Clearly England will now top their group leaving France as runners-up. This isn’t ideal for either side; both haven’t yet gotten into their stride and both needed a really stern test before they face stronger opposition in the quarter finals. Ironically, the prize for topping the group is a ‘big three’ run in for England, not a great reward for topping their group, by whatever means. France will now play Wales (assuming we beat Uruguay on Sunday); in some respects this is a real banana skin for us and we’ll touch upon that later.
England are known to have a few key players in rehab; key to every component in their game is my fellow Saracen number eight, Billy Vunipola. As noted, whilst Eddie Jones will be frustrated that much needed game time has been removed, the extra rest and recouperation for his limping list will be welcomed.
So England and the All Blacks will be without a Test in two weeks going into their quarter-finals.
Will they be underdone? Rare like Kobe beef …
These are the situations that Eddie Jones and Steve Hansen would have prepared for.
But they’re far from ideal #RWC2019
— Christy Doran (@ChristypDoran) October 10, 2019
France might just be dark horses. We’ve already seen the best and worst of them in two halves versus Argentina and again, one week away from the knockouts, the management team is in disarray. To any other nation these would prove to be impossible obstacles; to the French they’re as natural as red wine at lunchtime and they appear to be thriving in adversity.
Wales and Australia have now qualified. Wales will be desperate to keep on the top side of the draw for a marginally easier run in and with the massive prospect of playing the All Blacks in the final, if all goes to plan.
The game against Fiji was just what the doctor ordered. Massive, intense fast rugby played with passion and respect. I have to shout out the Flying Fijians for an exceptional display, one that was compelling. Semi Radradra was magnificent for the Islanders, absolutely world class, with massive shifts delivered by the entire Fijian back-row and three quarters.
Warren Gatland will be concerned about the injuries to the exceptional Dan Biggar and Jonathan Davies, but the test we were given will stand us in good stead for whoever we face in a week’s time.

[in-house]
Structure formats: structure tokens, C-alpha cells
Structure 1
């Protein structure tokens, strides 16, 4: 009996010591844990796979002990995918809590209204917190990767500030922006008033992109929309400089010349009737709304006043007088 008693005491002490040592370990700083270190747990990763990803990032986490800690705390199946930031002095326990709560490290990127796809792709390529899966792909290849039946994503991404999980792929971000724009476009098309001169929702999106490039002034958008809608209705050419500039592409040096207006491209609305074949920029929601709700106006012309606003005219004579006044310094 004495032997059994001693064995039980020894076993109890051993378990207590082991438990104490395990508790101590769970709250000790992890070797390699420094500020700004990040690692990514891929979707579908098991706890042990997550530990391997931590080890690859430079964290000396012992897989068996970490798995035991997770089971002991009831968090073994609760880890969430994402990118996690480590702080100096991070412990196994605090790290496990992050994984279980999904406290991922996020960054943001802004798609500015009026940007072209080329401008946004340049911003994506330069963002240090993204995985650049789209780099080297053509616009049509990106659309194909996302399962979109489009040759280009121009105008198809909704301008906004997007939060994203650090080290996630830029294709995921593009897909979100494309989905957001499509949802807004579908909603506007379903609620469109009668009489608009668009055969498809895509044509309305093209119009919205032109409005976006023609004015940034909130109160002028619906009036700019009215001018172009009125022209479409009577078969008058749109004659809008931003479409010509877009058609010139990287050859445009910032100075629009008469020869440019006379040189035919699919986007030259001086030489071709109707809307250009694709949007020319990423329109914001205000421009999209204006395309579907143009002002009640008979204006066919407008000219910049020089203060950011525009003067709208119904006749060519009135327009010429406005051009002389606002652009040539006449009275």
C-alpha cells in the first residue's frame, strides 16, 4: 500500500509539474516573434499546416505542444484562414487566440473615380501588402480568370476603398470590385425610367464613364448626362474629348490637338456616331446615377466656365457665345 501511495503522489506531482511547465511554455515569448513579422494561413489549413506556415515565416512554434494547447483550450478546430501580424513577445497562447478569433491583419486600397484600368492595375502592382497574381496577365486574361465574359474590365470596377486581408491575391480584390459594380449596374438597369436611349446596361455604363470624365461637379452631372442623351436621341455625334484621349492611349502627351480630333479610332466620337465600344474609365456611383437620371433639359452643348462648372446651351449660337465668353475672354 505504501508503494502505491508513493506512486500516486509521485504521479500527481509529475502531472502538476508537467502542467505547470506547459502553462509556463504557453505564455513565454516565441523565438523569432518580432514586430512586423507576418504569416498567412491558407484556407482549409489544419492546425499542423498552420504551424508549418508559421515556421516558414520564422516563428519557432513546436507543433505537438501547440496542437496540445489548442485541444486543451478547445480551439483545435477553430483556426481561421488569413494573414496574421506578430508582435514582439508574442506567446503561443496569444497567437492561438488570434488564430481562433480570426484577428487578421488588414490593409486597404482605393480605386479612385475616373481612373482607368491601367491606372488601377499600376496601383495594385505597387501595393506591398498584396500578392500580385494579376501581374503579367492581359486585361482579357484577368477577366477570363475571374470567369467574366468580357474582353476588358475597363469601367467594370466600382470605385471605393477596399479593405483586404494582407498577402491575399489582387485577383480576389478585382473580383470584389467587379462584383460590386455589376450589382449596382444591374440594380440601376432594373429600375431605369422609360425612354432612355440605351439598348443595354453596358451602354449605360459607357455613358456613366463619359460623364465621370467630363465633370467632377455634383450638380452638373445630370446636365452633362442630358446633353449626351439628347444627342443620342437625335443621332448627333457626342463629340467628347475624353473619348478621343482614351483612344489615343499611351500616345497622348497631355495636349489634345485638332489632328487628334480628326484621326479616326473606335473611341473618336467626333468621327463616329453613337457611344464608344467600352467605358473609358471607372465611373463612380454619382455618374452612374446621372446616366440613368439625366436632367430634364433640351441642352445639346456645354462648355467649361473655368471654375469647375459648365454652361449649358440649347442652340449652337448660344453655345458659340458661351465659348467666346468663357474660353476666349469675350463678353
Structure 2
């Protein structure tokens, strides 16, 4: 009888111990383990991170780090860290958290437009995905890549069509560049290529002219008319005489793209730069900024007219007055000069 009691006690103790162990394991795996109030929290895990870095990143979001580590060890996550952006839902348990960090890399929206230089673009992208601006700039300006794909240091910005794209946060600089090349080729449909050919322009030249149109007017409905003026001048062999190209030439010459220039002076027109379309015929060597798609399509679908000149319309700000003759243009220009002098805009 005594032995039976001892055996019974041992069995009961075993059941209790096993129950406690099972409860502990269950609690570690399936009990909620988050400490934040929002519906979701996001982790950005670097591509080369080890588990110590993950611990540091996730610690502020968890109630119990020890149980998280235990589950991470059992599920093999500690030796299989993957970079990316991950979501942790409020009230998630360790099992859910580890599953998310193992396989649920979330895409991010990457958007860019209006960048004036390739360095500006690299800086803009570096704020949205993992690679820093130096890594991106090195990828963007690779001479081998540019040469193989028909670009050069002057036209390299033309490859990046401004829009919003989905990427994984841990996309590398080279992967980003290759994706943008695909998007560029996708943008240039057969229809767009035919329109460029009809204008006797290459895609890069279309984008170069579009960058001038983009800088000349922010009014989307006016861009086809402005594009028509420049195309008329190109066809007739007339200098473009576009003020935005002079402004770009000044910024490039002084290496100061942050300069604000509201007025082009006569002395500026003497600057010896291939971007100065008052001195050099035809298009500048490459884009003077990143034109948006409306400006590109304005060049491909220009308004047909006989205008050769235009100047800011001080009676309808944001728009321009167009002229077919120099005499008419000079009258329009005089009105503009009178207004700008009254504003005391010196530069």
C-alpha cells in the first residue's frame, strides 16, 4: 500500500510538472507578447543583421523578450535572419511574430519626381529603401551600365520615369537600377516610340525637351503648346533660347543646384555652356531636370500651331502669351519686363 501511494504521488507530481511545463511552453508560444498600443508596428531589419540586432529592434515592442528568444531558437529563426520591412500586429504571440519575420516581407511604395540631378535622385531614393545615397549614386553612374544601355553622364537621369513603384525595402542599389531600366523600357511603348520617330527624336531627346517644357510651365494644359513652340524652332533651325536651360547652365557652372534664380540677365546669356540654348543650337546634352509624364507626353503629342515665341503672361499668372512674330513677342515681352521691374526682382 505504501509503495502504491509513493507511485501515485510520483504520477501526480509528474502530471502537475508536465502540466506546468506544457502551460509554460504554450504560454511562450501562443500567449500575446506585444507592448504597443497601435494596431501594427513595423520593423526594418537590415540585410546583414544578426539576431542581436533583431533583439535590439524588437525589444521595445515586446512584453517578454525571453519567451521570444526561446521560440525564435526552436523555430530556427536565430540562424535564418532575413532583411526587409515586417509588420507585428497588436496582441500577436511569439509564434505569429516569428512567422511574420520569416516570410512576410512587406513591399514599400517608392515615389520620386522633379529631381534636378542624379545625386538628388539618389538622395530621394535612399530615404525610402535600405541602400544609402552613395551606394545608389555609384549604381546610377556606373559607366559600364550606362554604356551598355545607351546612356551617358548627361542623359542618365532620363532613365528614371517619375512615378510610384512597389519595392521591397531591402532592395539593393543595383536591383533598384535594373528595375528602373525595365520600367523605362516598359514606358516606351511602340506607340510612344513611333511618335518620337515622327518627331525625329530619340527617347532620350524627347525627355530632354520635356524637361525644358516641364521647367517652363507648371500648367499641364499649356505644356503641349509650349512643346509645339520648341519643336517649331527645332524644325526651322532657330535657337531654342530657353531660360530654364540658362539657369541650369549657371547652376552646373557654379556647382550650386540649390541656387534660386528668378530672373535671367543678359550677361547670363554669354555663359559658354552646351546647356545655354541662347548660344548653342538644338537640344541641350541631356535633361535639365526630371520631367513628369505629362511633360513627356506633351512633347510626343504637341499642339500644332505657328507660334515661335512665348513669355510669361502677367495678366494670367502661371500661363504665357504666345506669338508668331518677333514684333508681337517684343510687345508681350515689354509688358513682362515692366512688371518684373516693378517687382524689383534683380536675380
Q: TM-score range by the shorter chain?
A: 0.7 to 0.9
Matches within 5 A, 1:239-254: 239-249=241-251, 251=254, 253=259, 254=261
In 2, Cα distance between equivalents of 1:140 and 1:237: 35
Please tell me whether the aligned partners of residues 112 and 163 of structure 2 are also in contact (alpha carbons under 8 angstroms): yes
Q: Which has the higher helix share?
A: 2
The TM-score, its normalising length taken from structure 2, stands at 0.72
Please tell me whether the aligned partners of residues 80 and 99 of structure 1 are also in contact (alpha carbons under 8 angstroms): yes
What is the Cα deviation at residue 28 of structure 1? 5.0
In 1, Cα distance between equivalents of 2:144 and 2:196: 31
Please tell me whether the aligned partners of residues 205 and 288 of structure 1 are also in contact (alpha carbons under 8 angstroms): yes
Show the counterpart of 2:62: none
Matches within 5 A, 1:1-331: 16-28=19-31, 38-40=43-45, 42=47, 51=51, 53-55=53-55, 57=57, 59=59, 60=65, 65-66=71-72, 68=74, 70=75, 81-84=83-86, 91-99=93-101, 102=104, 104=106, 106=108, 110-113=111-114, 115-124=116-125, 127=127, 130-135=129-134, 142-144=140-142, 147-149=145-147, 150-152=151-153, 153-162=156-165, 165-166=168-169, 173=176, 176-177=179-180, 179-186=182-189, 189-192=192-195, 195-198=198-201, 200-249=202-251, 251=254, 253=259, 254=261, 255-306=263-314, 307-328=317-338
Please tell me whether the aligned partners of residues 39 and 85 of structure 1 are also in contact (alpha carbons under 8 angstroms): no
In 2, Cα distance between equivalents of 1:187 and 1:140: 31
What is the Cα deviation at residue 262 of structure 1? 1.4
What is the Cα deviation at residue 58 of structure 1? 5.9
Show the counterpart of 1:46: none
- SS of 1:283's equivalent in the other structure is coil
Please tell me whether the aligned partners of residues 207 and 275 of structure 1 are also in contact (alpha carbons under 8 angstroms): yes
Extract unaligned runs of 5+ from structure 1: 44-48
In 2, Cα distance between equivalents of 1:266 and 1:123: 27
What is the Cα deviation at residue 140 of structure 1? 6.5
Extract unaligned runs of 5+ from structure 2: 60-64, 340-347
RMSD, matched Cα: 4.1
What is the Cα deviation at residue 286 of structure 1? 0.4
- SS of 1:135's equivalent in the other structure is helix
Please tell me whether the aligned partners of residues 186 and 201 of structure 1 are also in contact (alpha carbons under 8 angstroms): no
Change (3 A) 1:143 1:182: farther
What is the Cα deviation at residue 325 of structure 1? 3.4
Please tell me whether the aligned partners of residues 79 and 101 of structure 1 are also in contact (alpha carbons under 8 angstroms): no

— Alex Bywater (@_AlexBywater) October 9, 2019
Put simply, we’ve already played a Test at ‘final stage’ intensity against the Wallabies, and the performances of our back three, back-row and half-backs have been magnificent, with Aaron Wainwright, Liam Williams and Gareth Davies consistently brilliant throughout the tournament. For once, we go into the last stage really fancied to go further and I believe the sheer habit of winning over the last 18 months will prove decisive as we get to knockout time.
Australia are likely to play their old foes England in the quarter-final and I believe the Wallabies might just have the firepower to undo them, provided they can contain England’s power. They can score from anywhere in the back division and the addition of Matt Toomua at 10 in the second half against us has unlocked the running of their talented three quarters. Samu Kerevi has been one of the standouts of the tournament and I see this game as pivotal in terms of the final outcome.
Whichever way you cut the typhoon issues, the actual pool outcomes appear not to have been that disrupted. However, in summary, the key here is pitch form and the balance of being tested, having all players fit and firing. In that respect, Wales, Australia, Japan and South Africa hold the cards, with England and New Zealand perhaps cursing their fortune.
It’ll be fascinating to see how this unfolds.
Michael Owen was a rangy, ball handling number eight for the British Lions and Wales. Noted for his keen rugby intellect, he played 41 times for Wales, leading them to a Grand Slam in 2005 and captained the British and Irish Lions versus Argentina in 2005 before a serious knee injury curtailed his impressive career at the age of 29.